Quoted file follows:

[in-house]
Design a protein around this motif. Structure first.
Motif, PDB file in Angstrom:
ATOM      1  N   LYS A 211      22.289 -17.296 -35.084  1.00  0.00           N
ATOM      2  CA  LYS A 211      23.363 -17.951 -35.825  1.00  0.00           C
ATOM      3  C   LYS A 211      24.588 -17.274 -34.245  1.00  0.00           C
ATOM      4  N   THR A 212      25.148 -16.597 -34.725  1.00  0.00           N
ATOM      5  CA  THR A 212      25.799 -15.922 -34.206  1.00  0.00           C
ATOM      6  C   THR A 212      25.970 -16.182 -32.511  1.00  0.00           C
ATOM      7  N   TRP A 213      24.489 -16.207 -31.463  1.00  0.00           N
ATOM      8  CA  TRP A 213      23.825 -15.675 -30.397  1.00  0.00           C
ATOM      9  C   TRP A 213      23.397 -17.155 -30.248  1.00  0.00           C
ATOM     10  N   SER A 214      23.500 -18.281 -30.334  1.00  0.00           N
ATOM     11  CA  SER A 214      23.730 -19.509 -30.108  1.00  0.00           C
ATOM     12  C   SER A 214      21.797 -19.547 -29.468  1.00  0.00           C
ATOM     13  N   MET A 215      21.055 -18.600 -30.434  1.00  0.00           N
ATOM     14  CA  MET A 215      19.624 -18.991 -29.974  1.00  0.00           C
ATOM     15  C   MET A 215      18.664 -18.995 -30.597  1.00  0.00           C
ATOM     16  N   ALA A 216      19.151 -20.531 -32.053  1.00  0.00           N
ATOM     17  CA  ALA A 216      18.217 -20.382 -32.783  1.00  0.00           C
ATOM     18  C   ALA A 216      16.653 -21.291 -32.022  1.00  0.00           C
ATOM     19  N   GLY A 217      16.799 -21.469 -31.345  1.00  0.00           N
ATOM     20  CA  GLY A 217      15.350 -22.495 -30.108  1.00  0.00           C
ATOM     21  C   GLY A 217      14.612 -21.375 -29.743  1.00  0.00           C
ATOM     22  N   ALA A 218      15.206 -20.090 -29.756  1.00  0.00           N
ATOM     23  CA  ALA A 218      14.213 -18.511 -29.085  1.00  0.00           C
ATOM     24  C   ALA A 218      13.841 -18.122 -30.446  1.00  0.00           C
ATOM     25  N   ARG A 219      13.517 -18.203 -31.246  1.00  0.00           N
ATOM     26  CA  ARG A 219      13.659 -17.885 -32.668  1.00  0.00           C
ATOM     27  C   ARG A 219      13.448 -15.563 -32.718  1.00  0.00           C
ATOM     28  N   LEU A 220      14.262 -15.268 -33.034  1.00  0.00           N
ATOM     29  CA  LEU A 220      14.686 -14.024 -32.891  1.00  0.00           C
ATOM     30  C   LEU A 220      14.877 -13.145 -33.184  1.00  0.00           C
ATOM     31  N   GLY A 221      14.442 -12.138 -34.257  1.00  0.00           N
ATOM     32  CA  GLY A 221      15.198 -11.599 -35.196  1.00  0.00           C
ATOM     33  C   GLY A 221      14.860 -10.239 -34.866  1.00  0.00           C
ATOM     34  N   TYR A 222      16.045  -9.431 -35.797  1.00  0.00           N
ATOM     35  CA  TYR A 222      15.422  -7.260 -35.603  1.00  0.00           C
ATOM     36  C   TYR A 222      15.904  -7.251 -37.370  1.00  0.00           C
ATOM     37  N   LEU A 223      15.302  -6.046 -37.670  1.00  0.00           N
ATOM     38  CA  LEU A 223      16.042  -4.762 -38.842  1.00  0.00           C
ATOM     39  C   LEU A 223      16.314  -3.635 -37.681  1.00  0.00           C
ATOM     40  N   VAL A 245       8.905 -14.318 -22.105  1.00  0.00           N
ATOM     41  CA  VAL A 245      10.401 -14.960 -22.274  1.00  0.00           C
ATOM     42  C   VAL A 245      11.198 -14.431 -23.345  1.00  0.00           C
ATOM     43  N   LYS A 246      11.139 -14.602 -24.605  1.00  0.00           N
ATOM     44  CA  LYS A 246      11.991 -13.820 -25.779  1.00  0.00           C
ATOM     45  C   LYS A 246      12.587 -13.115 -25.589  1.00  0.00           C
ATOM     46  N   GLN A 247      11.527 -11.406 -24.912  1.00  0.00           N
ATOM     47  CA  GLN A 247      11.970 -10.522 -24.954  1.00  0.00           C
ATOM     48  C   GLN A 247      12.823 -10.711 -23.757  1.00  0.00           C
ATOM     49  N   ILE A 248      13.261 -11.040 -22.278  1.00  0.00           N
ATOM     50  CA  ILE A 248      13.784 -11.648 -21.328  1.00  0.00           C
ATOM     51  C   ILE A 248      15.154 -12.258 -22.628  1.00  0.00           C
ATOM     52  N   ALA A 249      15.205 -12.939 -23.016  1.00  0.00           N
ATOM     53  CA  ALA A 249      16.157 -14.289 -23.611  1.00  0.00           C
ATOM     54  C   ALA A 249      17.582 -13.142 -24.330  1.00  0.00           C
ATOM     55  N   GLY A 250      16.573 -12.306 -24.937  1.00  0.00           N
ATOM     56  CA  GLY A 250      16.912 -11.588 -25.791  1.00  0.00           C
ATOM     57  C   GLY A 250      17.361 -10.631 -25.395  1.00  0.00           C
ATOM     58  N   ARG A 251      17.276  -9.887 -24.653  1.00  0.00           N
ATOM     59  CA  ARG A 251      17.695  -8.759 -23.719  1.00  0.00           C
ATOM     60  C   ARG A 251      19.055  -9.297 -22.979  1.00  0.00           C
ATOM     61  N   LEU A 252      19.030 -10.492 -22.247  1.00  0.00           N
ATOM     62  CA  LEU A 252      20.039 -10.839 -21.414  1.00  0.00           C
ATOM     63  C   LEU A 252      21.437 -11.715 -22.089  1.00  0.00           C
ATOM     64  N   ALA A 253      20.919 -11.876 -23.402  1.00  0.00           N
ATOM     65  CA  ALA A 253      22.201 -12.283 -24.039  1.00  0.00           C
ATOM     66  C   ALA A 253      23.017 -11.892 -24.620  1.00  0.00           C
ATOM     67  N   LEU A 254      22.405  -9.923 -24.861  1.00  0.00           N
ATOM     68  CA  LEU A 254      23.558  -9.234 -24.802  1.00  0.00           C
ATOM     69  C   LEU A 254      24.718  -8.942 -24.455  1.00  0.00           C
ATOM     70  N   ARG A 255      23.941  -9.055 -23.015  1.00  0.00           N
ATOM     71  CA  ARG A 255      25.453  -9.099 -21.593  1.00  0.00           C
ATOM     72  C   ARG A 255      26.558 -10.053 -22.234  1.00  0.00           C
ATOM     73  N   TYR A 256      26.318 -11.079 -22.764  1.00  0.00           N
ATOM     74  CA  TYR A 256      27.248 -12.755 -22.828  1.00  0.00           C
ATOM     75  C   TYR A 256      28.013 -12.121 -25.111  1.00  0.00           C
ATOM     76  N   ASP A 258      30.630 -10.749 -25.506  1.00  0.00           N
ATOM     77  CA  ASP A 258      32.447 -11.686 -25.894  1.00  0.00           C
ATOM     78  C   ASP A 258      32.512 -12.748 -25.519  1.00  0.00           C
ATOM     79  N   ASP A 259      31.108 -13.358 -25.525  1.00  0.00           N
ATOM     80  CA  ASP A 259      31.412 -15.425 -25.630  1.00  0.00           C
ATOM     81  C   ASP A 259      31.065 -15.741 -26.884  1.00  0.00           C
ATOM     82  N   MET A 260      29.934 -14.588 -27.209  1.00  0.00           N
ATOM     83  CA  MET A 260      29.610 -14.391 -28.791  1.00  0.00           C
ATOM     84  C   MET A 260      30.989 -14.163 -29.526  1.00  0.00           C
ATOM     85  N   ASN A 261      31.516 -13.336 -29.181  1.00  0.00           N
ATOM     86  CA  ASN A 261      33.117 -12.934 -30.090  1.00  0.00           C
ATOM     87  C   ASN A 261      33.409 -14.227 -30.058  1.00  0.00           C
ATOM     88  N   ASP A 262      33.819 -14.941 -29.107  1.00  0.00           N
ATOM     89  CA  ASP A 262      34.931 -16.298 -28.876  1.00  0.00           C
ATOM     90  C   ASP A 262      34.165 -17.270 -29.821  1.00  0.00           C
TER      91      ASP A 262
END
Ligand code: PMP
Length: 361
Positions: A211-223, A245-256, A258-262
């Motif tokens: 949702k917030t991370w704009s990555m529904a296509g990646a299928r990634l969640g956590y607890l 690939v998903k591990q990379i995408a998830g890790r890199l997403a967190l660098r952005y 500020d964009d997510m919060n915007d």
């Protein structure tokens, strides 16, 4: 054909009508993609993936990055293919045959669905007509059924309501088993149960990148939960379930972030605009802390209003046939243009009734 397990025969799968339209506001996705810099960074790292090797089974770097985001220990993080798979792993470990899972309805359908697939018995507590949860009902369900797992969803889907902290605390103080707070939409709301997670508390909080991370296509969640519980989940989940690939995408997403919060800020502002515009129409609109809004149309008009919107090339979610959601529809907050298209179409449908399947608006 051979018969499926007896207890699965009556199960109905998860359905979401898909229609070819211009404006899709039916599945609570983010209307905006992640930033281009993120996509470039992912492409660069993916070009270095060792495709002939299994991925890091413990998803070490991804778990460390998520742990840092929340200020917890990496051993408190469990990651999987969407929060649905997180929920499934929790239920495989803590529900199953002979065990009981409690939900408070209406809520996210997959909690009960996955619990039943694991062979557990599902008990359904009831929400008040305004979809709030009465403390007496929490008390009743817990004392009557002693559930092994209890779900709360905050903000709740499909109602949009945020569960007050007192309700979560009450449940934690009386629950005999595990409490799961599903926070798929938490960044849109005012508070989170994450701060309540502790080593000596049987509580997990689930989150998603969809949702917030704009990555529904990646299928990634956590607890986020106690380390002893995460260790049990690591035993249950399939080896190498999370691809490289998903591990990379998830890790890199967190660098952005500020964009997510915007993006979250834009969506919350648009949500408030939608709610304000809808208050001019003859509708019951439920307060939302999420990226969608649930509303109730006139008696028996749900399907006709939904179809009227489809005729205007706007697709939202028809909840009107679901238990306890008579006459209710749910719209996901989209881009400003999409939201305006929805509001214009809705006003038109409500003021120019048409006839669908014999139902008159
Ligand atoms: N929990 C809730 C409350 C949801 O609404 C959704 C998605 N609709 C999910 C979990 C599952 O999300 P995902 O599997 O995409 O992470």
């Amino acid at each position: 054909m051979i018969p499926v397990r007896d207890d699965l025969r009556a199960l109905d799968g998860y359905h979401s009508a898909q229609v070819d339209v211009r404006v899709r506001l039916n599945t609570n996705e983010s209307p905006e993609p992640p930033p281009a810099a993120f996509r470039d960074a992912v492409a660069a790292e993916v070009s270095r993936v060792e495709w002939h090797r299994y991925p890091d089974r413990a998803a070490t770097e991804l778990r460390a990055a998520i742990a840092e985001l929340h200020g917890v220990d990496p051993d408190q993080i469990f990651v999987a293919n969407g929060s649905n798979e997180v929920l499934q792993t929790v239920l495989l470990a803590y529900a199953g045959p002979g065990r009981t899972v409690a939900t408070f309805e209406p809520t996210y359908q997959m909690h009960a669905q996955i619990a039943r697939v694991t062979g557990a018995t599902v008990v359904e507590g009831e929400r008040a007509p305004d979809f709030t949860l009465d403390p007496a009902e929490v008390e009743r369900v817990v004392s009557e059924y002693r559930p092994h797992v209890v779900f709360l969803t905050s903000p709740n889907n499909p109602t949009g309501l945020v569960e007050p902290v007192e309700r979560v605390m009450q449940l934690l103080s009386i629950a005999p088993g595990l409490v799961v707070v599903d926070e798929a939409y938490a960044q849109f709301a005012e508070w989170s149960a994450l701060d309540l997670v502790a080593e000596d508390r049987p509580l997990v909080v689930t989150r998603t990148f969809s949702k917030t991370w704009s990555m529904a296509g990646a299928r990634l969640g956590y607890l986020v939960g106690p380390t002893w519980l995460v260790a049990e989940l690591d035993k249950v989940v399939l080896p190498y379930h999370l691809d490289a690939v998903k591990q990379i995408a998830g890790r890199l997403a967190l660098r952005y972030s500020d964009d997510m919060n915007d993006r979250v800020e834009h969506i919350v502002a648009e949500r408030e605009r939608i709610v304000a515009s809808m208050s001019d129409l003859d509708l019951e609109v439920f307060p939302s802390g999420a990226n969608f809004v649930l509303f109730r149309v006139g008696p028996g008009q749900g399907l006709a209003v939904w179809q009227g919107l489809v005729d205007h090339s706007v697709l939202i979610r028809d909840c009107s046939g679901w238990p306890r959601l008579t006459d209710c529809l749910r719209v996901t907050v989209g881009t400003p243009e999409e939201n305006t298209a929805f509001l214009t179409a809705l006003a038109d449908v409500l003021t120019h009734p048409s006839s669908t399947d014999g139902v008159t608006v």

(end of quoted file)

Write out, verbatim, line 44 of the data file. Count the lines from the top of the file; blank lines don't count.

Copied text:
ATOM     41  CA  VAL A 245      10.401 -14.960 -22.274  1.00  0.00           C